He poured himself a vodka in Sara’s kitchen, put on a jacket, and took the drink outside. Marguerite’s homecoming had deepened his sense of foreboding, and he had spent the past two weeks in a limbo of drifting from one inconsequential task to another, tense, irritable, and not getting much done.
The fog rolled in like a tide, advancing in swirling clouds and filling the deep ravines that converged down at the ocean. He liked watching it, liked this kind of weather; he supposed that it aroused something atavistic in his gloomy Celtic soul. He thought again about the canceled Ireland trip. Maybe that was what he needed to do-just get the hell out of here for a while and let people and events take care of themselves. Nothing he was doing was helping, that was for sure.
He was starting his second drink when he heard a vehicle pull into the driveway. He walked over to where he could see around the corner of the house. It was the Altima-Marguerite was home. He went back to his fog watching, a little uncomfortable with her presence.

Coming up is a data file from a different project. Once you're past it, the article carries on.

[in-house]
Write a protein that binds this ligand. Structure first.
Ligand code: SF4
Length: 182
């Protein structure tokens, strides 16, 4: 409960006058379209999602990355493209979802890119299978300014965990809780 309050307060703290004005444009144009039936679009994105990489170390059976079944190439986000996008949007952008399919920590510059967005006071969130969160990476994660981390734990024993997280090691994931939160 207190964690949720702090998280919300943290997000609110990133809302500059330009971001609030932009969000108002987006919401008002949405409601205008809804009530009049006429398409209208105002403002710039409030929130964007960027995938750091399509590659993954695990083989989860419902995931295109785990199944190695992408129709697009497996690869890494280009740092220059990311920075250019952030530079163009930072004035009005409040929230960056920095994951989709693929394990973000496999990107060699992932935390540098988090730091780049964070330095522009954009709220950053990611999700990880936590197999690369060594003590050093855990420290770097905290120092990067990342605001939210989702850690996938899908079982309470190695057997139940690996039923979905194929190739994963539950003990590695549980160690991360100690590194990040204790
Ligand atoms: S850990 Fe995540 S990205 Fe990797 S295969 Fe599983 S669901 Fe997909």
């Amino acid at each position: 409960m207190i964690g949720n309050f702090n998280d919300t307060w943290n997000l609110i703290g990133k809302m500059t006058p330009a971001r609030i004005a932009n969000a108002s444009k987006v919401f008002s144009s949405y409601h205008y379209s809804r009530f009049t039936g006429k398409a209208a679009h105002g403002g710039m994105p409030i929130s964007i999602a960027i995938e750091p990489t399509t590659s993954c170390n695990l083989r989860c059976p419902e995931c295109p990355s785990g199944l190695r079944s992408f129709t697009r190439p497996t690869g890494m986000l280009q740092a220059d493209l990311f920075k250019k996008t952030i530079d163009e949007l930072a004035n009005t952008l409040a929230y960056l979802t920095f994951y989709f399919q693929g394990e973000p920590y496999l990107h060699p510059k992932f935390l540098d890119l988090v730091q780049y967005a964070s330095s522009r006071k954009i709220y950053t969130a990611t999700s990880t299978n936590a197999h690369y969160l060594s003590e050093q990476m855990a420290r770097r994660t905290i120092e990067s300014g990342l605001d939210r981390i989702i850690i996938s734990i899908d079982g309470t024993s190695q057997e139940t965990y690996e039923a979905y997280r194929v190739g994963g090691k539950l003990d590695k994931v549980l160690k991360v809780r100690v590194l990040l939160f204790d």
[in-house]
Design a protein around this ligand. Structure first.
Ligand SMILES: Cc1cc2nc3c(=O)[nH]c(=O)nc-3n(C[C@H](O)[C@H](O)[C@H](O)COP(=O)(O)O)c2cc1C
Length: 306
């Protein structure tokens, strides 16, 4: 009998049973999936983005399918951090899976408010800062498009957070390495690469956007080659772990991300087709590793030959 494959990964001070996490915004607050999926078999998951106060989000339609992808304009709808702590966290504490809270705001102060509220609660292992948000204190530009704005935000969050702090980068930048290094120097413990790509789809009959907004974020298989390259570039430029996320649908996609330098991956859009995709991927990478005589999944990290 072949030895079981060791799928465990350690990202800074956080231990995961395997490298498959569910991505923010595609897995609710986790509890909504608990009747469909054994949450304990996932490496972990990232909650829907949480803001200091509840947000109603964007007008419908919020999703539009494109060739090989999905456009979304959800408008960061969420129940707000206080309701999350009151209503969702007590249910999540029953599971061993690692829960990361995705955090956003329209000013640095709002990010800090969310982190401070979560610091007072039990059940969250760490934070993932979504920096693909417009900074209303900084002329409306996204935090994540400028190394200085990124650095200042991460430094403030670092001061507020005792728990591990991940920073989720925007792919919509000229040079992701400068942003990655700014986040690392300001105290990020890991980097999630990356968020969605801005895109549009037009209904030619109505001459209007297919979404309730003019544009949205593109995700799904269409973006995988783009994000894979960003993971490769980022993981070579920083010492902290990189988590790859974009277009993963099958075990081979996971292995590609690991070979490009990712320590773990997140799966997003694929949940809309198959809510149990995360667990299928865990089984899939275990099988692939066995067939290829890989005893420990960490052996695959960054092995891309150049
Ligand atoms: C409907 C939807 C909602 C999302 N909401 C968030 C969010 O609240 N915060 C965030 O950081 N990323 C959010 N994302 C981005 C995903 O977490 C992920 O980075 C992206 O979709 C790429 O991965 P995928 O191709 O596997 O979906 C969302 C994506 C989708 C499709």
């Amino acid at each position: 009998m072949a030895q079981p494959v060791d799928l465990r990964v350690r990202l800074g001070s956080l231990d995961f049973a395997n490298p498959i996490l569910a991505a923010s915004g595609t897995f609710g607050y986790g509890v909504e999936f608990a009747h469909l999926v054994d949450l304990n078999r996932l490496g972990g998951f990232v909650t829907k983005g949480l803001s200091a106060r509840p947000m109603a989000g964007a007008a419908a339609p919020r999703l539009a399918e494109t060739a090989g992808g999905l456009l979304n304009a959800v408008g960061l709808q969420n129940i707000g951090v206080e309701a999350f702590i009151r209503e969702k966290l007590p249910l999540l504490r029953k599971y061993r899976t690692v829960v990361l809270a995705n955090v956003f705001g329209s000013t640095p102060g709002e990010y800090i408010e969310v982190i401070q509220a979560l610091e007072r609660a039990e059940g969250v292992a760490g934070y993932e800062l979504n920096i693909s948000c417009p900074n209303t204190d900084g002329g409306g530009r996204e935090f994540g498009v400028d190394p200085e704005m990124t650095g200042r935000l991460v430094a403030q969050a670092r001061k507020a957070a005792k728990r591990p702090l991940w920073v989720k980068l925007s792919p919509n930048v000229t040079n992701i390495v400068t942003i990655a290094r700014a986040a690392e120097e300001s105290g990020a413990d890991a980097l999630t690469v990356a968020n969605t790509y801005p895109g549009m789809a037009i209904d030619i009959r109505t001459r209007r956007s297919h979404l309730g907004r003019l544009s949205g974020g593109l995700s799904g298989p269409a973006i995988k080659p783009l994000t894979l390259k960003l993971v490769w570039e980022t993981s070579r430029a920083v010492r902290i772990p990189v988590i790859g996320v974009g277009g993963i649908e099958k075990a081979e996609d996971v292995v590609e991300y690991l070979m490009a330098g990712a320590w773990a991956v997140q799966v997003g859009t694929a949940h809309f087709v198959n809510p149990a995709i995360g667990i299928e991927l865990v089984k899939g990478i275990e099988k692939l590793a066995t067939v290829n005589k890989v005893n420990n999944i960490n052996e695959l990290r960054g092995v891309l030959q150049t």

She hadn’t done anything that troubled him directly. For the most part, she politely ignored him. But it was still a bizarre situation-sharing a house with a woman who had helped to abduct him, and sleeping with her mother. He was pretty sure that he wouldn’t have begun the affair if he had known that Marguerite would be around, and he didn’t know if he would be able to sustain it on those terms. That was another thing that he was on the fence about, waiting uneasily for a push one way or another.
The door to the kitchen opened and Marguerite stepped out onto the deck. Monks turned to her inquiringly, assuming that there was something she had to tell him. But then he saw that she was carrying a bottle of beer, one of his Kronenbourgs.
She raised it, as if saluting him. “You won’t turn me in for this, will you?” she said teasingly.
He was surprised. This was the first time that she had been anything like sociable.
“I don’t know,” he said with mock severity. “What’s the reward money up to now?”
She laughed and tipped the bottle up, taking a long drink. A little of the foamy liquid spilled from her lips. Then the bottle slipped from her fingers, bouncing on the deck and spraying beer.
“Shit,” she said. “Would you get me another one? I’ll clean this up.”
He hesitated, suspecting that she had already drunk quite a bit.
“Sure,” he said. “But how about only one more?”